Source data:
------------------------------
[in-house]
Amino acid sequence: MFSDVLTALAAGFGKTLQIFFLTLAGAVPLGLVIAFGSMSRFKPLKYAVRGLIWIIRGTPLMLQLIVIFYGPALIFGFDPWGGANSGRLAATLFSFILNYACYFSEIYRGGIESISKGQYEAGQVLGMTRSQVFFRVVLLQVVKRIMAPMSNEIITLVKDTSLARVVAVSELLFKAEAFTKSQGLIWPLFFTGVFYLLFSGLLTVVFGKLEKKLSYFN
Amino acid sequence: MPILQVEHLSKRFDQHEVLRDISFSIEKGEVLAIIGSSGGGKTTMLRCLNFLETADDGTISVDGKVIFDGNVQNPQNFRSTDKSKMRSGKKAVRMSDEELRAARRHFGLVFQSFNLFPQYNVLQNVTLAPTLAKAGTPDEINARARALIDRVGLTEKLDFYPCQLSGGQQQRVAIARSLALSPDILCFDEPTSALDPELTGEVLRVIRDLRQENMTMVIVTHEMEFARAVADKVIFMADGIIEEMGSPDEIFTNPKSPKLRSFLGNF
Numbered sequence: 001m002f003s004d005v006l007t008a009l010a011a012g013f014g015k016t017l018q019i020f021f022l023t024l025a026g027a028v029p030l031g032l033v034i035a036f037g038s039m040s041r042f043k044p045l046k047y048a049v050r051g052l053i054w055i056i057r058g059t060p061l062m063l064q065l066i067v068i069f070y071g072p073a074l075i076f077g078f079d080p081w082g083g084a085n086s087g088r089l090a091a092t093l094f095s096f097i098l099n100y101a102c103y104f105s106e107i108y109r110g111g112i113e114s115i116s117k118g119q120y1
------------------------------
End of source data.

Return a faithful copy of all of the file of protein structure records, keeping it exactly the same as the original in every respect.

[in-house]
Amino acid sequence: MFSDVLTALAAGFGKTLQIFFLTLAGAVPLGLVIAFGSMSRFKPLKYAVRGLIWIIRGTPLMLQLIVIFYGPALIFGFDPWGGANSGRLAATLFSFILNYACYFSEIYRGGIESISKGQYEAGQVLGMTRSQVFFRVVLLQVVKRIMAPMSNEIITLVKDTSLARVVAVSELLFKAEAFTKSQGLIWPLFFTGVFYLLFSGLLTVVFGKLEKKLSYFN
Amino acid sequence: MPILQVEHLSKRFDQHEVLRDISFSIEKGEVLAIIGSSGGGKTTMLRCLNFLETADDGTISVDGKVIFDGNVQNPQNFRSTDKSKMRSGKKAVRMSDEELRAARRHFGLVFQSFNLFPQYNVLQNVTLAPTLAKAGTPDEINARARALIDRVGLTEKLDFYPCQLSGGQQQRVAIARSLALSPDILCFDEPTSALDPELTGEVLRVIRDLRQENMTMVIVTHEMEFARAVADKVIFMADGIIEEMGSPDEIFTNPKSPKLRSFLGNF
Numbered sequence: 001m002f003s004d005v006l007t008a009l010a011a012g013f014g015k016t017l018q019i020f021f022l023t024l025a026g027a028v029p030l031g032l033v034i035a036f037g038s039m040s041r042f043k044p045l046k047y048a049v050r051g052l053i054w055i056i057r058g059t060p061l062m063l064q065l066i067v068i069f070y071g072p073a074l075i076f077g078f079d080p081w082g083g084a085n086s087g088r089l090a091a092t093l094f095s096f097i098l099n100y101a102c103y104f105s106e107i108y109r110g111g112i113e114s115i116s117k118g119q120y1